Social activists haven't reached Scott Brown by picketing his Boston office on New Sudbury Street. Despite persistent pleas from parades of constituents there — for the senator to help the poor and unemployed by raising taxes on wealthy individuals and voting in favor of infrastructure-development projects — Brown continues to ignore those who've suffered worst in this economy.
So this week, about 100 Bay State protesters — brought together by the multilateral advocacy federation MassUniting — took their fight to Capitol Hill. Battling Brown was just one mission of the Massachusetts delegation, which delivered roughly 250 participants to the five-day "Take Back the Capitol" action in Washington DC. But the senator was MassUniting's first priority.
"Brown's Wall Street contributors are the main targets of the Occupy movement," said Charlestown resident Jay Chambers, an active participant at Occupy Boston and union ironworker who hasn't found steady work in five years. Chambers spoke to the Phoenix from the Dirksen Senate Office Building, where Brown's DC office is located. "His whole platform was job creation, but since taking office his policy has been to favor the elite."
The Boston crew — mostly out-of-work laborers, Occupiers, and community organizers — met at Bayside Expo Center early Monday morning, and arrived in DC on five buses 10 hours later. From there, MassUniting activists linked up with likeminded progressives from 46 other states — thousands of whom congregated on the National Mall in a makeshift tent city.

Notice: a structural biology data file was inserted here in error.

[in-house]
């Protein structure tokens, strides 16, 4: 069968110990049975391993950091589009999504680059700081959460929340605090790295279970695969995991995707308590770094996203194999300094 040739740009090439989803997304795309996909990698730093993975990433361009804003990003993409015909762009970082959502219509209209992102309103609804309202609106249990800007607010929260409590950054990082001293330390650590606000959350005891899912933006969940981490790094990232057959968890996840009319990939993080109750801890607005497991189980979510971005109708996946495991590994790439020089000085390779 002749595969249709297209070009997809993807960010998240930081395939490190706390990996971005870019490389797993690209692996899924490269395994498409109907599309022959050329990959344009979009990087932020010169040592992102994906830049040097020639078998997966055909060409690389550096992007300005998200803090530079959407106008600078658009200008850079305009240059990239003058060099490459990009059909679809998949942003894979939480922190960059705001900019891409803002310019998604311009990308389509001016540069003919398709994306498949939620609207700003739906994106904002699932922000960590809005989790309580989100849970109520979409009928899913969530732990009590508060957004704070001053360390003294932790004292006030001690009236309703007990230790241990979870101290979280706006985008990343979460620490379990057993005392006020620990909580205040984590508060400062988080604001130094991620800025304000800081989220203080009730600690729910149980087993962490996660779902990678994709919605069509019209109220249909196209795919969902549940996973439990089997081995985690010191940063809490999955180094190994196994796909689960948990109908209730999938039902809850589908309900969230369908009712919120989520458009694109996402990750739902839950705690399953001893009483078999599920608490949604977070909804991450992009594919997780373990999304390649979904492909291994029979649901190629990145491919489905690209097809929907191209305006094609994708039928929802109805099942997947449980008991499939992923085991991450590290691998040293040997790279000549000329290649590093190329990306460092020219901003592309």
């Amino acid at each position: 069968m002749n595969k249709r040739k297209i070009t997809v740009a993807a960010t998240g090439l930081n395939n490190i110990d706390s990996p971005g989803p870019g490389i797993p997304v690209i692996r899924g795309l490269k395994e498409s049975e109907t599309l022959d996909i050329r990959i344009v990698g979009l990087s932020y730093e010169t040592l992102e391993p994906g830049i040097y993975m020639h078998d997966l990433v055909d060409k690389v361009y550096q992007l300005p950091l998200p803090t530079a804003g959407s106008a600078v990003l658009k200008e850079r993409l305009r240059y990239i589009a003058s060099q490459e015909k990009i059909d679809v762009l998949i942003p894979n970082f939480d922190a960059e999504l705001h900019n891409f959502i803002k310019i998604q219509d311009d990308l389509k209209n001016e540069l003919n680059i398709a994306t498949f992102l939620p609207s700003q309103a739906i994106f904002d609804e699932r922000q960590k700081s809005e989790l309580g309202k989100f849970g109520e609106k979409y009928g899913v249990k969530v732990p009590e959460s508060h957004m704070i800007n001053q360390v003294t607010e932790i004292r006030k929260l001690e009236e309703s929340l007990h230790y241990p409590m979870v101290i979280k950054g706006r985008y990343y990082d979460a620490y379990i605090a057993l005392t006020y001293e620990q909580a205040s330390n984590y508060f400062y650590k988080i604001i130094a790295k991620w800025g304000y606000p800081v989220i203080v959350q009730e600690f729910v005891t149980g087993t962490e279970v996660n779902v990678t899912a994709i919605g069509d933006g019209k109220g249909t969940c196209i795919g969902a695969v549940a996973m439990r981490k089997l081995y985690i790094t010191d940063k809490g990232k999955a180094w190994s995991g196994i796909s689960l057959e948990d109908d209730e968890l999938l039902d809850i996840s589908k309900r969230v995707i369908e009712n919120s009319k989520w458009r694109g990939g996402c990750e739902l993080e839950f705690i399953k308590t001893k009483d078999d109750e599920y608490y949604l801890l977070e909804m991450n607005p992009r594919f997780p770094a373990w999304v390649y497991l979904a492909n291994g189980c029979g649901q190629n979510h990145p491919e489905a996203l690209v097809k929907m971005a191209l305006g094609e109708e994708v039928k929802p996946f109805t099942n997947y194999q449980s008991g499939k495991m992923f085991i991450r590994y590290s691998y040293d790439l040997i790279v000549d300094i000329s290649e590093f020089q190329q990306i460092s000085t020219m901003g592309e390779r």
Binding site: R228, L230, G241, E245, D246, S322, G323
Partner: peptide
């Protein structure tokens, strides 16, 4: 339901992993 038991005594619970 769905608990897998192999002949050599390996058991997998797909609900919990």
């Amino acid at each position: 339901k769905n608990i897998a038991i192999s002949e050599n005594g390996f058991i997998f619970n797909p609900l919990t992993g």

After crashing in a number of spots — church basements, union halls, a 4-H camp — Chambers and one faction of the commonwealth force made their way to Brown's office, arriving there at 10 am Tuesday. About a dozen MassUniting soldiers occupied the waiting room, while 100 more filled the hallway — until capitol police told them that they couldn't sit, at which point they split into teams and took shifts standing.
Brown was in the capital Tuesday, and even voted on a judicial appointment. But his staffers told activists that he was unavailable to speak about their issues of concern — home foreclosures, chronic unemployment, expiring unemployment benefits. Still, after eight hours, MassUniting didn't give up — even when the Senate offices closed down.
"Brown is always a no-show in Boston," said Chambers, "so we're hoping to find him down here. If we have to put suits on, dress like lobbyists, and go to K Street after this to get his attention, then that's just what we'll have to do."